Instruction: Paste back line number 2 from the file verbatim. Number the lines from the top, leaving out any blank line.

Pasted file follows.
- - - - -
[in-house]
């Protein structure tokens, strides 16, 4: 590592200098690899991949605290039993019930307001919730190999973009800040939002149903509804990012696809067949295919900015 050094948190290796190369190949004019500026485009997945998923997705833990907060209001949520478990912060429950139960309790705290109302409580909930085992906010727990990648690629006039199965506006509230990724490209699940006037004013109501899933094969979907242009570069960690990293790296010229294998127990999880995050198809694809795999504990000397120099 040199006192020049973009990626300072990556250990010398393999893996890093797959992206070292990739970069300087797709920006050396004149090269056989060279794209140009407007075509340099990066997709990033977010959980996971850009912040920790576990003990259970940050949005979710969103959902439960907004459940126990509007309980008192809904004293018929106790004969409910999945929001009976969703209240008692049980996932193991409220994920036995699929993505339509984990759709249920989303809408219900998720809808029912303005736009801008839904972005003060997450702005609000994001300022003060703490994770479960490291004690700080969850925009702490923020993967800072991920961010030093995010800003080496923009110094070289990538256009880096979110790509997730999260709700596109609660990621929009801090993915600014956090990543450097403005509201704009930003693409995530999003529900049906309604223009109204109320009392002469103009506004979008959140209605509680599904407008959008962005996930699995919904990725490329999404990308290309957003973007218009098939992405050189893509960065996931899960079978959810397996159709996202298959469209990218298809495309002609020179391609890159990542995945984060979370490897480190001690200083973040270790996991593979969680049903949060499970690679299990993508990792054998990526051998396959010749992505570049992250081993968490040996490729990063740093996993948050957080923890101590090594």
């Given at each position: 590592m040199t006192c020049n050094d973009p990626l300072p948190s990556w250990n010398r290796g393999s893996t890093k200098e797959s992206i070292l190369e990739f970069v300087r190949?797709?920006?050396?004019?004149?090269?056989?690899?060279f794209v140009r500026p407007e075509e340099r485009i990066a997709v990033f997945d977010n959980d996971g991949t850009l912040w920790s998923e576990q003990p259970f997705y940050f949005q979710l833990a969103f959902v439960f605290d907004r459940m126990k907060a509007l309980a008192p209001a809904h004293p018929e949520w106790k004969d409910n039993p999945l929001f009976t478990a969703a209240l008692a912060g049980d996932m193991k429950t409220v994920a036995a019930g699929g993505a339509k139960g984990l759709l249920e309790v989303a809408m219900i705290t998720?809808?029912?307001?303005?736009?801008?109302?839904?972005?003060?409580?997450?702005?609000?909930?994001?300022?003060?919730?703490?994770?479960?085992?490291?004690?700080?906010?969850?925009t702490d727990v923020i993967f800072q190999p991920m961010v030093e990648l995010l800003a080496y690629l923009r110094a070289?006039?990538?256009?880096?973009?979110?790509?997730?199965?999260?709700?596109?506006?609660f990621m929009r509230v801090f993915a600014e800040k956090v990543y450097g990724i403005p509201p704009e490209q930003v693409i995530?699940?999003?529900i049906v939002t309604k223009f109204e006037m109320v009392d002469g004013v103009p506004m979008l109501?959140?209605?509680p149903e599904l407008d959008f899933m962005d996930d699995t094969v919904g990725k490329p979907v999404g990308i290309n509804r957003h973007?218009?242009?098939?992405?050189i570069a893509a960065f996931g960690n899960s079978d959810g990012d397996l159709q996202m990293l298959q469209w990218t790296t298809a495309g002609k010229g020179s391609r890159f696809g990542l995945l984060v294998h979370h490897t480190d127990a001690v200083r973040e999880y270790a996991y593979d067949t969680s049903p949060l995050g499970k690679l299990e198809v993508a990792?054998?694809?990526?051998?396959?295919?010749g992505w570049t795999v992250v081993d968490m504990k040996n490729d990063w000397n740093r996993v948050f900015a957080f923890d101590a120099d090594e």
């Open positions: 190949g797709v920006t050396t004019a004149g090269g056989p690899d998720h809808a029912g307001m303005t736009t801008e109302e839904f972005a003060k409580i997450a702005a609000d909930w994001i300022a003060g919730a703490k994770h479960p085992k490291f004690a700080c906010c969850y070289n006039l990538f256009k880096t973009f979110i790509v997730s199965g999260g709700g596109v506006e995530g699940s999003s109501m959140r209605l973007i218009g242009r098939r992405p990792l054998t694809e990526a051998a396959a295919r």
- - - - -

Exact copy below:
């Protein structure tokens, strides 16, 4: 590592200098690899991949605290039993019930307001919730190999973009800040939002149903509804990012696809067949295919900015 050094948190290796190369190949004019500026485009997945998923997705833990907060209001949520478990912060429950139960309790705290109302409580909930085992906010727990990648690629006039199965506006509230990724490209699940006037004013109501899933094969979907242009570069960690990293790296010229294998127990999880995050198809694809795999504990000397120099 040199006192020049973009990626300072990556250990010398393999893996890093797959992206070292990739970069300087797709920006050396004149090269056989060279794209140009407007075509340099990066997709990033977010959980996971850009912040920790576990003990259970940050949005979710969103959902439960907004459940126990509007309980008192809904004293018929106790004969409910999945929001009976969703209240008692049980996932193991409220994920036995699929993505339509984990759709249920989303809408219900998720809808029912303005736009801008839904972005003060997450702005609000994001300022003060703490994770479960490291004690700080969850925009702490923020993967800072991920961010030093995010800003080496923009110094070289990538256009880096979110790509997730999260709700596109609660990621929009801090993915600014956090990543450097403005509201704009930003693409995530999003529900049906309604223009109204109320009392002469103009506004979008959140209605509680599904407008959008962005996930699995919904990725490329999404990308290309957003973007218009098939992405050189893509960065996931899960079978959810397996159709996202298959469209990218298809495309002609020179391609890159990542995945984060979370490897480190001690200083973040270790996991593979969680049903949060499970690679299990993508990792054998990526051998396959010749992505570049992250081993968490040996490729990063740093996993948050957080923890101590090594």